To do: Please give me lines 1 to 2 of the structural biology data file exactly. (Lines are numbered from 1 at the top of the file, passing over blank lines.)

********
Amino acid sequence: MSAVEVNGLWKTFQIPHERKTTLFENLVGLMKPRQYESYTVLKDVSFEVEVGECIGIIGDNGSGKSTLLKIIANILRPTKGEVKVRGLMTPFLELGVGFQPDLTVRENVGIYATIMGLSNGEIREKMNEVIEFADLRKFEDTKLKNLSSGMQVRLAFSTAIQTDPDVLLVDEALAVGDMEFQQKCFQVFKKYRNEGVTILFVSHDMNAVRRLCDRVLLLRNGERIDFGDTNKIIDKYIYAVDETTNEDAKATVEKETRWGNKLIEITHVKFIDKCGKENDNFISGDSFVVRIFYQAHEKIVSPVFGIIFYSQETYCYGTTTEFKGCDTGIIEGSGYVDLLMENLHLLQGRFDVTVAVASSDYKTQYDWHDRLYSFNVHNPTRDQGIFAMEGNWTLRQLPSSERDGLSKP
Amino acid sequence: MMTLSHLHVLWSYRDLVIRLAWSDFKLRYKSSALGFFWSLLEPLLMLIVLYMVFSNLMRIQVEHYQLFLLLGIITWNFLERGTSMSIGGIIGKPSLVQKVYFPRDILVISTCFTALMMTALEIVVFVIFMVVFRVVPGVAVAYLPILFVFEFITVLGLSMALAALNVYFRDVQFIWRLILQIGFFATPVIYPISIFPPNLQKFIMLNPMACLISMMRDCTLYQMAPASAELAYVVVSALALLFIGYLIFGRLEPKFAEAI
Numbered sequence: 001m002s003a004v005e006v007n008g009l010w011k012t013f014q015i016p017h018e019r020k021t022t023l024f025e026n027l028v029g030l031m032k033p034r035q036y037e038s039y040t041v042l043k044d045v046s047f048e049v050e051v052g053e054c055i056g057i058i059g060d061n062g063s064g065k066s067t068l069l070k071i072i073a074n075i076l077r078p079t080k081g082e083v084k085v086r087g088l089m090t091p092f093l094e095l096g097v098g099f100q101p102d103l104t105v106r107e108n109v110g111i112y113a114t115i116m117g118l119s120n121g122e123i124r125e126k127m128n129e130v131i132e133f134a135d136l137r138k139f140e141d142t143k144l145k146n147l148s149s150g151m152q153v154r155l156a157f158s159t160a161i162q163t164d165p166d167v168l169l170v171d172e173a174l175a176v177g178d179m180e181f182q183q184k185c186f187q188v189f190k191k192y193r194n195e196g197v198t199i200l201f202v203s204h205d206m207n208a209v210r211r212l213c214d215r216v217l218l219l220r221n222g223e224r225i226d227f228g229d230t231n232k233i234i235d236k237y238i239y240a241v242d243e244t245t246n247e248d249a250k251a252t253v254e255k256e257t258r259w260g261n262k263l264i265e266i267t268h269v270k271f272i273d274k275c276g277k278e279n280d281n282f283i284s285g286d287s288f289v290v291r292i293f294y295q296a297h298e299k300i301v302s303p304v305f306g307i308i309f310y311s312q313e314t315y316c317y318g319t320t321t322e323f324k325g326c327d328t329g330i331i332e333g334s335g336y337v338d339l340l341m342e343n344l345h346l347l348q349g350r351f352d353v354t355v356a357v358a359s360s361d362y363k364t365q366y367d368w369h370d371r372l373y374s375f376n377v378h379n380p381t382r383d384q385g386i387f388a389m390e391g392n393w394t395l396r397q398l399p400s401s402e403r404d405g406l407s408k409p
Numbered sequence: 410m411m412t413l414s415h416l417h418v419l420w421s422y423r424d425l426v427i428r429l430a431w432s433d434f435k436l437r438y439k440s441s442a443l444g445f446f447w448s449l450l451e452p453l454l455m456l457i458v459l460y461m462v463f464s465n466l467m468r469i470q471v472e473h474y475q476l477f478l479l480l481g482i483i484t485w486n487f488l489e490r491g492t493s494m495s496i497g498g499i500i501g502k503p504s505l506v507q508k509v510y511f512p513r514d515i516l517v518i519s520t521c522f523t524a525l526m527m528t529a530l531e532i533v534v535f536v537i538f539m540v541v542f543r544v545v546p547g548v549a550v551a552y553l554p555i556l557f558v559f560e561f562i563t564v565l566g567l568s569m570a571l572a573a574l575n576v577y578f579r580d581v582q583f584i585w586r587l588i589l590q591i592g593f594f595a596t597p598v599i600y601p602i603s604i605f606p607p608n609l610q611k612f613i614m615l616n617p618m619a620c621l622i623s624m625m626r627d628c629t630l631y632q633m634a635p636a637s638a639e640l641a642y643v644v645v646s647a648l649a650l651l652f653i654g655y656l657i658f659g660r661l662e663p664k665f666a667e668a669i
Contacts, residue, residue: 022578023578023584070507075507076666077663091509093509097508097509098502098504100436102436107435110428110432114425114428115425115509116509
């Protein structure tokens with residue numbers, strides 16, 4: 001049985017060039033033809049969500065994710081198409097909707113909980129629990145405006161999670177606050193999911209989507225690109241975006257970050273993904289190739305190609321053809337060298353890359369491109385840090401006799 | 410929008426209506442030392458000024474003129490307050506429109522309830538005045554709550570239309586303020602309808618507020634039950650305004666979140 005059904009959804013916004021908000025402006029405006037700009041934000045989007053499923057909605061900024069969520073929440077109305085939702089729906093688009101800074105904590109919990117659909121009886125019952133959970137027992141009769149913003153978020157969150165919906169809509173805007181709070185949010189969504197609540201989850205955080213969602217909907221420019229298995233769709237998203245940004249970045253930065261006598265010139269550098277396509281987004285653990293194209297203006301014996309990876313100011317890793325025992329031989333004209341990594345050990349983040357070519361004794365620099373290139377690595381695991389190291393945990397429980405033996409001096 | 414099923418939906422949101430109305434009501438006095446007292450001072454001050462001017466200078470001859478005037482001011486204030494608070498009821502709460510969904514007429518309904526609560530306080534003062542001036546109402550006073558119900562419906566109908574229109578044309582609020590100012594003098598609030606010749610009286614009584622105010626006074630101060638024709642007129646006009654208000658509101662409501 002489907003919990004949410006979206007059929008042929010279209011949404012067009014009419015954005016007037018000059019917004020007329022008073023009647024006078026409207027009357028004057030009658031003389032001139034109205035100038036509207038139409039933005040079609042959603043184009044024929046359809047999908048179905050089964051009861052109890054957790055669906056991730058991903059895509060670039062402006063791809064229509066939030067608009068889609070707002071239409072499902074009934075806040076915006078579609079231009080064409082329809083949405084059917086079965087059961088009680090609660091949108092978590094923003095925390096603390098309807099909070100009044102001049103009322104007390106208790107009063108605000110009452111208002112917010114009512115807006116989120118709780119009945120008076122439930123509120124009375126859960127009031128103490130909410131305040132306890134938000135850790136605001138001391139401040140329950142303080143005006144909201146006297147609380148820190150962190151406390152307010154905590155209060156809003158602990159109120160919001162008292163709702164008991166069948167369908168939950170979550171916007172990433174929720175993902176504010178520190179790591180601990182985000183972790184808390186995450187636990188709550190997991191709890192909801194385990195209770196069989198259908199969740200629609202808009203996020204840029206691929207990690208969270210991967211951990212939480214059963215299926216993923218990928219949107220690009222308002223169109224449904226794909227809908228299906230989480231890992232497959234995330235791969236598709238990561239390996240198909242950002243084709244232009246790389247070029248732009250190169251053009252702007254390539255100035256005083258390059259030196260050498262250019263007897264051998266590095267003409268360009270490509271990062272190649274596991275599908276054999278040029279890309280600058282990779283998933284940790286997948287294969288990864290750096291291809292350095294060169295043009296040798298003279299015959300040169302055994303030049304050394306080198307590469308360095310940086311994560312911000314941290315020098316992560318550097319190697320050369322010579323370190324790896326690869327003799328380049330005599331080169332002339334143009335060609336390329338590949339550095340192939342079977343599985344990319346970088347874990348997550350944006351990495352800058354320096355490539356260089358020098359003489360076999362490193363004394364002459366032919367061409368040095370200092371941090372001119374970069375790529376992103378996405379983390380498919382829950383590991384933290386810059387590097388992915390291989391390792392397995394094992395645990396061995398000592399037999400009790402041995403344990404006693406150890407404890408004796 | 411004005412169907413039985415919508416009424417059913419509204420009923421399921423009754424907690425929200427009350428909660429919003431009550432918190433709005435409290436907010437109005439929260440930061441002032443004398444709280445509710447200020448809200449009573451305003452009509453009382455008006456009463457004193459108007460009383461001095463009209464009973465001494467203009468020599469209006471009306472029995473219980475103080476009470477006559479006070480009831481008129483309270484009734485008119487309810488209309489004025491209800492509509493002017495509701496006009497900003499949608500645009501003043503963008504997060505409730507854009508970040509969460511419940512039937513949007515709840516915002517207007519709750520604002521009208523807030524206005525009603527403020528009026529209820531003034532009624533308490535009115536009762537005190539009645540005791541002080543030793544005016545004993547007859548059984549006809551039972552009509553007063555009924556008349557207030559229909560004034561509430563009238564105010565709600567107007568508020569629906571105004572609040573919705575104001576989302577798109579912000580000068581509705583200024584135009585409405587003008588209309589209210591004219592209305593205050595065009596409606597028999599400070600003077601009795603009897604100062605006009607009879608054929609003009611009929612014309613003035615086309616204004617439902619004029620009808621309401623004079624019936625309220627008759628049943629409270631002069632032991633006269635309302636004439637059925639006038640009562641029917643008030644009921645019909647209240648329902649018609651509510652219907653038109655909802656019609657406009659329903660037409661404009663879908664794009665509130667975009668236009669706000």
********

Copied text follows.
Amino acid sequence: MSAVEVNGLWKTFQIPHERKTTLFENLVGLMKPRQYESYTVLKDVSFEVEVGECIGIIGDNGSGKSTLLKIIANILRPTKGEVKVRGLMTPFLELGVGFQPDLTVRENVGIYATIMGLSNGEIREKMNEVIEFADLRKFEDTKLKNLSSGMQVRLAFSTAIQTDPDVLLVDEALAVGDMEFQQKCFQVFKKYRNEGVTILFVSHDMNAVRRLCDRVLLLRNGERIDFGDTNKIIDKYIYAVDETTNEDAKATVEKETRWGNKLIEITHVKFIDKCGKENDNFISGDSFVVRIFYQAHEKIVSPVFGIIFYSQETYCYGTTTEFKGCDTGIIEGSGYVDLLMENLHLLQGRFDVTVAVASSDYKTQYDWHDRLYSFNVHNPTRDQGIFAMEGNWTLRQLPSSERDGLSKP
Amino acid sequence: MMTLSHLHVLWSYRDLVIRLAWSDFKLRYKSSALGFFWSLLEPLLMLIVLYMVFSNLMRIQVEHYQLFLLLGIITWNFLERGTSMSIGGIIGKPSLVQKVYFPRDILVISTCFTALMMTALEIVVFVIFMVVFRVVPGVAVAYLPILFVFEFITVLGLSMALAALNVYFRDVQFIWRLILQIGFFATPVIYPISIFPPNLQKFIMLNPMACLISMMRDCTLYQMAPASAELAYVVVSALALLFIGYLIFGRLEPKFAEAI